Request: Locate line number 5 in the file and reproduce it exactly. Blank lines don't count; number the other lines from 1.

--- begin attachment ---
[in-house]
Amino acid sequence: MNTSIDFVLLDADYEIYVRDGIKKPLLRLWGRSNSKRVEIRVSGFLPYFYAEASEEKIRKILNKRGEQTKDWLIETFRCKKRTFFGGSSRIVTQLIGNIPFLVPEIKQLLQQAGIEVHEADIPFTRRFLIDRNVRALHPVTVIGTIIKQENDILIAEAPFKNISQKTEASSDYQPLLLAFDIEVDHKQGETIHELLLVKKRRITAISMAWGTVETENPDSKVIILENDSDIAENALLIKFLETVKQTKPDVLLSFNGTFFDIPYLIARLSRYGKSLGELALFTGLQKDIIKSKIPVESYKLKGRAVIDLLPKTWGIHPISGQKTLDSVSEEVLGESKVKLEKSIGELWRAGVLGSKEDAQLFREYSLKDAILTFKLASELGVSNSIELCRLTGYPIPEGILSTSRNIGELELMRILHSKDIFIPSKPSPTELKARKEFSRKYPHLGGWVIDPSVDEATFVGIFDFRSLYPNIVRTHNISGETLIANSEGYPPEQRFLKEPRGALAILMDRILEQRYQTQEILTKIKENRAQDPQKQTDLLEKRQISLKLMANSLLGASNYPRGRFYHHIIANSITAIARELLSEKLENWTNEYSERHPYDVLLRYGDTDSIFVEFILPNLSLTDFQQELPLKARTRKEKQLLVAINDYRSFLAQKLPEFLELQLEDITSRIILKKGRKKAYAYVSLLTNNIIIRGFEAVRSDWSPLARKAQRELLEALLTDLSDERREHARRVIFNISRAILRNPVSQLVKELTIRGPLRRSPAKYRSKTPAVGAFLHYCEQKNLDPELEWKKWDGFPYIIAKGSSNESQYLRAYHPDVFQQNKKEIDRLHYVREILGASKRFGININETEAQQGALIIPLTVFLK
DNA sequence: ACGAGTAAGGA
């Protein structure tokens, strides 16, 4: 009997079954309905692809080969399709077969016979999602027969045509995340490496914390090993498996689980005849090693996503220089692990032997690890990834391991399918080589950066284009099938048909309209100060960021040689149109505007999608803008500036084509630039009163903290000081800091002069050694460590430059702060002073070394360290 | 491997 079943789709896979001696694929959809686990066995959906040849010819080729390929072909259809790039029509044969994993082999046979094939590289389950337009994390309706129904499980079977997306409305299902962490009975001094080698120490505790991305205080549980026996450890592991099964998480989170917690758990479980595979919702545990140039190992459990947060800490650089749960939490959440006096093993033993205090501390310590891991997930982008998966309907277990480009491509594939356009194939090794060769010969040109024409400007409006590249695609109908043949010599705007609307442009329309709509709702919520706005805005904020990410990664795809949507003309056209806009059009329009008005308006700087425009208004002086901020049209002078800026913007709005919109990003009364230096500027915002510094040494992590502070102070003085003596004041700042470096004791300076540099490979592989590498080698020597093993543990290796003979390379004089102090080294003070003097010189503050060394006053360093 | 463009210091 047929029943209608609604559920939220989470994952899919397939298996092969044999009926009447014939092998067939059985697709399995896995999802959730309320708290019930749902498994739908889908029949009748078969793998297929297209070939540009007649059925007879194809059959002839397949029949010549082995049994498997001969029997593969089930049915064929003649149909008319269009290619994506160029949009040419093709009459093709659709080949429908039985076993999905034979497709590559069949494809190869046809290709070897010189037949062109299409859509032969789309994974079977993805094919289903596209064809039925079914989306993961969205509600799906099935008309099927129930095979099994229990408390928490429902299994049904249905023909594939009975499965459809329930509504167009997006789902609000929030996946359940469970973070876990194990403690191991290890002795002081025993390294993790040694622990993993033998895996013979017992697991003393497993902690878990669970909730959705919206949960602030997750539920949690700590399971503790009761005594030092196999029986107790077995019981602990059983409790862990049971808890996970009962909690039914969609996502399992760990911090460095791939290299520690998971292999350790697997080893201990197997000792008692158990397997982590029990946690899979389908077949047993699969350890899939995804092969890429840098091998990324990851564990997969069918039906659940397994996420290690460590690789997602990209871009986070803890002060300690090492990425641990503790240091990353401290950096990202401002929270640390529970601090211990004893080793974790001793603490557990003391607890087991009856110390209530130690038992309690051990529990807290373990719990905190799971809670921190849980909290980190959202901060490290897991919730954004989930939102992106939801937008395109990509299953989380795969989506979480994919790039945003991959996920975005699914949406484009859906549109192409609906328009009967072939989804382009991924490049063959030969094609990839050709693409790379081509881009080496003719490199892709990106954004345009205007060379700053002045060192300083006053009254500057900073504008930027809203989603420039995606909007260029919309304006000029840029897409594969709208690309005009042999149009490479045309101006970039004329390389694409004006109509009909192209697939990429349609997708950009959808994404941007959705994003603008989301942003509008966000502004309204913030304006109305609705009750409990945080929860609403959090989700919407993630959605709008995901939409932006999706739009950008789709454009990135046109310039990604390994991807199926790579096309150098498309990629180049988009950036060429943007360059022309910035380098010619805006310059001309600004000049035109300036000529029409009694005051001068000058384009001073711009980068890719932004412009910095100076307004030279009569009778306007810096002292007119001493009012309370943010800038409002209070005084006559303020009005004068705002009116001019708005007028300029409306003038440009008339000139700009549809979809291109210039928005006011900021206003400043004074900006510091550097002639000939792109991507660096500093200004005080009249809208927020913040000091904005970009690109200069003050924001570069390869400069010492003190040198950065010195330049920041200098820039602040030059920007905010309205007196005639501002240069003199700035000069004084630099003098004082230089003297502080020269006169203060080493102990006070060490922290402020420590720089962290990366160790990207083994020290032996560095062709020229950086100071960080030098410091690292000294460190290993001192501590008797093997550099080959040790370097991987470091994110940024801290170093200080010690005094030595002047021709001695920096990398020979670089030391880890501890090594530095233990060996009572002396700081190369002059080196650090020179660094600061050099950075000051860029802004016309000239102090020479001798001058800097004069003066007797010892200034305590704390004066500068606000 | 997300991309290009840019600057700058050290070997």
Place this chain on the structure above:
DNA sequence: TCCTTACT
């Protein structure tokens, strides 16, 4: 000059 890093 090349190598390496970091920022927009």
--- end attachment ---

Place this chain on the structure above: